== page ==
Measles (Rubeola) - Topic Overview
If you have been exposed to
measles and you have not had the vaccine, you may be able to prevent the
infection by getting a shot of
immunoglobulin (IG) or the measles vaccine as soon as possible. Babies who are
younger than 12 months, pregnant women, and people who have
impaired immune systems that can't fight infection
may need to get IG if they are exposed to measles.
Why is prevention important?
Getting your child vaccinated is important, because measles can sometimes
cause serious problems.
False claims in the news have made some parents concerned about a link between autism and vaccines. But studies have found no link between vaccines and autism.1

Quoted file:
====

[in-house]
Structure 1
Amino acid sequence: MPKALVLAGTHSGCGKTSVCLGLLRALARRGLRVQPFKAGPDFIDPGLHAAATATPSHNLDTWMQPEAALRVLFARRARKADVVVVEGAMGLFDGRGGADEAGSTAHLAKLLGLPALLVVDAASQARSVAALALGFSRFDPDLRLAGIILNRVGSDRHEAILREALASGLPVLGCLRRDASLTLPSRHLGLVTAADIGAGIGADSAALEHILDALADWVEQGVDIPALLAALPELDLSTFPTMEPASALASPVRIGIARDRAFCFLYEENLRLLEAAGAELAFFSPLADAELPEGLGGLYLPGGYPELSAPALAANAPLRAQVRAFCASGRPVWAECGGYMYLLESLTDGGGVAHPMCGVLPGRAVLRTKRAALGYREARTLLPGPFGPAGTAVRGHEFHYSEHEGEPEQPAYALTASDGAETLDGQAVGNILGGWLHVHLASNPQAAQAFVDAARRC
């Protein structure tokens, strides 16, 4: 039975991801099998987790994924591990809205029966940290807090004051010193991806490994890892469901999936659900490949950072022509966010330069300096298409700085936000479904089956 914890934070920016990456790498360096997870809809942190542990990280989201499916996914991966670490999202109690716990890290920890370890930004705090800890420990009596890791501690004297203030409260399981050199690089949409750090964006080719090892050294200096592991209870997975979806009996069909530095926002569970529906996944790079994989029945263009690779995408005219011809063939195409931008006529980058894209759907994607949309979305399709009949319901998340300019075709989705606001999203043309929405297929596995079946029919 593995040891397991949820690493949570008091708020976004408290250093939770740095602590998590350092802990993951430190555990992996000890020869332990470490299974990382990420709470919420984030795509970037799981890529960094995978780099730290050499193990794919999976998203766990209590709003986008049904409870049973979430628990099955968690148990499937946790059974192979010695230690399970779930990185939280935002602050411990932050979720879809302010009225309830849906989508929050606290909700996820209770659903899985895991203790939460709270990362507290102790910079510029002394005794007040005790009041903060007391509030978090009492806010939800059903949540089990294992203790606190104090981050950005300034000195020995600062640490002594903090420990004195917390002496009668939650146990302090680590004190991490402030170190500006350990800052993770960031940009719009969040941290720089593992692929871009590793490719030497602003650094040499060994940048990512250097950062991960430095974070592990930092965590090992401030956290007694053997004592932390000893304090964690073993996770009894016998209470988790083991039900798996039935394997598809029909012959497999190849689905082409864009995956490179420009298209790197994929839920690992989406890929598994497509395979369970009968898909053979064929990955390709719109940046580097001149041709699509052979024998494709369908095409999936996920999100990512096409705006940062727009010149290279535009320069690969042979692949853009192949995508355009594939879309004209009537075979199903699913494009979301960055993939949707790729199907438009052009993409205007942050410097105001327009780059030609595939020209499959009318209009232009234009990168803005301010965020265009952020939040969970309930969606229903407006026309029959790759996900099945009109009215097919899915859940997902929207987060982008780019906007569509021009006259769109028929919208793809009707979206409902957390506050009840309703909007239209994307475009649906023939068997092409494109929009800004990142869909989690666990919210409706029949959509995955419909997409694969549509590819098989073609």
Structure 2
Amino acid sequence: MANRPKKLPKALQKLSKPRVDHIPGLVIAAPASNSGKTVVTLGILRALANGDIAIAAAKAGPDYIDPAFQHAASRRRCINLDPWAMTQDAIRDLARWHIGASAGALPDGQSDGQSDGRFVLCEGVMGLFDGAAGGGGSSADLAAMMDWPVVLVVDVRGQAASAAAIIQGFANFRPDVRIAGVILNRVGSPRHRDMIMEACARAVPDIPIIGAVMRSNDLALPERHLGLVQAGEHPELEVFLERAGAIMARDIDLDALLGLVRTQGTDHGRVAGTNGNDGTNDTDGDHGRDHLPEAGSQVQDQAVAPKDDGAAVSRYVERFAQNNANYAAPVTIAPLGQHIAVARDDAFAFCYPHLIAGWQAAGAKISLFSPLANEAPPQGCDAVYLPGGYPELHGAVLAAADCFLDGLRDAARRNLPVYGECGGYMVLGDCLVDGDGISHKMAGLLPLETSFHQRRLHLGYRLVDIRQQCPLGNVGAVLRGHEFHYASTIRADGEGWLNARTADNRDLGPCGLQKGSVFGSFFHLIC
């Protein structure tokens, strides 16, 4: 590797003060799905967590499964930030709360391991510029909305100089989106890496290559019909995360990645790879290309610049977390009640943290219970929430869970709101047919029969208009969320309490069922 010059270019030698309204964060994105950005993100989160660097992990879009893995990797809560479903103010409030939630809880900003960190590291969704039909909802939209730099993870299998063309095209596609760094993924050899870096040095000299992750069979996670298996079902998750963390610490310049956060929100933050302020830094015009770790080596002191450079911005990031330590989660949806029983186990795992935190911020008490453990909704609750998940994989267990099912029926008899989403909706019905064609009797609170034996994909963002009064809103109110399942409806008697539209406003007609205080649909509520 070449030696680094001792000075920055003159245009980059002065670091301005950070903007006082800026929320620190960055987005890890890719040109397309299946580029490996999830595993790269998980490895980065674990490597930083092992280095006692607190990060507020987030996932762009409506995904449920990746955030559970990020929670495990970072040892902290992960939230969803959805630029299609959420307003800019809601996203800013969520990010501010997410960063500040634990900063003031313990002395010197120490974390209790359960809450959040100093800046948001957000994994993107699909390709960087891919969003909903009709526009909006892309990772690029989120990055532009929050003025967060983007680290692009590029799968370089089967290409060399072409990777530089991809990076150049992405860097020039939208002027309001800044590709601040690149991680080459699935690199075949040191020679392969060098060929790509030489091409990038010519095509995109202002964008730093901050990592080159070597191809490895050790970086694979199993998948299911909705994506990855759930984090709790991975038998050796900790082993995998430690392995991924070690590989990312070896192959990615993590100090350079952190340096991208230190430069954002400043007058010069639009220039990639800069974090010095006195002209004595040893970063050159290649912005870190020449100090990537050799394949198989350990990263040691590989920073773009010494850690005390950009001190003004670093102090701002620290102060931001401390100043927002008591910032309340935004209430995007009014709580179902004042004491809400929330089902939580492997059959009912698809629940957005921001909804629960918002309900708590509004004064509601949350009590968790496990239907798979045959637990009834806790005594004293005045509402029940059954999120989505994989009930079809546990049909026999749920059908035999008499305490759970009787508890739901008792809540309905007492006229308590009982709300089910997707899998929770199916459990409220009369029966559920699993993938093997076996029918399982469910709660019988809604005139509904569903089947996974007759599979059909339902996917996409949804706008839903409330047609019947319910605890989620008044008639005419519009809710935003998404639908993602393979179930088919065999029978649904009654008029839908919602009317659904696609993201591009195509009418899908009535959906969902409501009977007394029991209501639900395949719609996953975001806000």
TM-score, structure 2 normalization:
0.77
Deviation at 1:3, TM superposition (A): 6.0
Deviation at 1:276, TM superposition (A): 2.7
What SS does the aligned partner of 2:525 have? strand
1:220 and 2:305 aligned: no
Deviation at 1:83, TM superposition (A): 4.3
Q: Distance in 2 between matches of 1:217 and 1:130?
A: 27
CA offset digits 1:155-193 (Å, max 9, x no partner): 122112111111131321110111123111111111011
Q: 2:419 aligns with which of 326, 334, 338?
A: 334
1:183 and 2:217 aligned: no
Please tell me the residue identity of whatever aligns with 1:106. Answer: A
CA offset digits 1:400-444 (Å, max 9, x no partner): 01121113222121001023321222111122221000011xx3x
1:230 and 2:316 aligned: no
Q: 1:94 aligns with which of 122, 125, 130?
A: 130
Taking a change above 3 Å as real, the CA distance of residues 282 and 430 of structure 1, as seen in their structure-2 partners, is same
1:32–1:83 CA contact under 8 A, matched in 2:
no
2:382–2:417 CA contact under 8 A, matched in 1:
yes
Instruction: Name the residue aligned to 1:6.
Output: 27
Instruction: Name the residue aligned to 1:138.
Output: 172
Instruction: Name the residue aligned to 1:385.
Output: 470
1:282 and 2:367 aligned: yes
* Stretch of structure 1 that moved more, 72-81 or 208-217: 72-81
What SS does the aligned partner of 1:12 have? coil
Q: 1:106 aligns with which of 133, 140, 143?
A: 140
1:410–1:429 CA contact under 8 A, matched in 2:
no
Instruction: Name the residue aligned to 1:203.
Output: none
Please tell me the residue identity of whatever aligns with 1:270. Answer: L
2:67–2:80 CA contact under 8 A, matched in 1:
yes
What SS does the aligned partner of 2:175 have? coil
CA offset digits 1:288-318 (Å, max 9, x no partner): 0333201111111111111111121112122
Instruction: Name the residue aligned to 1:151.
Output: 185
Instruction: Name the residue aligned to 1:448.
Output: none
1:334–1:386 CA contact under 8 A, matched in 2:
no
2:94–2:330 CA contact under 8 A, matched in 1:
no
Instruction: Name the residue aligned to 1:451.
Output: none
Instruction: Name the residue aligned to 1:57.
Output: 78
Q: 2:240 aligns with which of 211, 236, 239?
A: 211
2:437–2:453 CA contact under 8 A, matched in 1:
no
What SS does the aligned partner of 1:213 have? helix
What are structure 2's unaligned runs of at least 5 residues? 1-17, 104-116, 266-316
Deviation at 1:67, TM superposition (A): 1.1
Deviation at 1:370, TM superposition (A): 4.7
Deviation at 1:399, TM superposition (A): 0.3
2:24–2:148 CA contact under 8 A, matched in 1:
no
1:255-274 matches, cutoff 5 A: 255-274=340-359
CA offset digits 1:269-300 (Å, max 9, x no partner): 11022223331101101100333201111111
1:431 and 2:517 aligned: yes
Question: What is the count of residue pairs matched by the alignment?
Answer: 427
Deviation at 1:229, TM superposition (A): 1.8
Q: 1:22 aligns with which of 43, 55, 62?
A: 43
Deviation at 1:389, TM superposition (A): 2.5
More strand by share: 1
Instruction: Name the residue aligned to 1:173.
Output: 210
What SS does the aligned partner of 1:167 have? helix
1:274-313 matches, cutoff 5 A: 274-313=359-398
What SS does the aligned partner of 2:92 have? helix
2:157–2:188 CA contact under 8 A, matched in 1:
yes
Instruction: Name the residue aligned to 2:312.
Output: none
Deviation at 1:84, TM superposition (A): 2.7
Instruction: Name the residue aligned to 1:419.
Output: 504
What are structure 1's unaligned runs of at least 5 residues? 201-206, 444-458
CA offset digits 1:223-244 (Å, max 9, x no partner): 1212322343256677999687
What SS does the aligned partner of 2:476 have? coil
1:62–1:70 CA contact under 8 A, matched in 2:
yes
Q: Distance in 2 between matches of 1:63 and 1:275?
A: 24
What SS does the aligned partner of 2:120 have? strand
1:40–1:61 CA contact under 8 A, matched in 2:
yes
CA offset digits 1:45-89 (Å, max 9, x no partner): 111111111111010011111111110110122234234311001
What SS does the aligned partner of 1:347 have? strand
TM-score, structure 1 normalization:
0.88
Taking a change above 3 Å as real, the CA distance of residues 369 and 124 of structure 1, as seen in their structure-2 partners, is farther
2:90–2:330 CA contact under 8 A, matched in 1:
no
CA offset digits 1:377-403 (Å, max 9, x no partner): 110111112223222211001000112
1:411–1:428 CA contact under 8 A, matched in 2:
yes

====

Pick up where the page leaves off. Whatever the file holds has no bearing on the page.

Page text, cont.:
Measles is one of the most contagious diseases. Outbreaks can easily occur. For instance, a person from another country may have measles and not know it yet. If that person travels outside his or her own country, he or she could spread measles to people who are not immune. Also, if you travel to another country and you are not immune to measles, you may be at risk.
If you don't know whether you're immune to measles and you plan to travel, check with your doctor or local health clinic to see whether you should get the vaccine before you travel.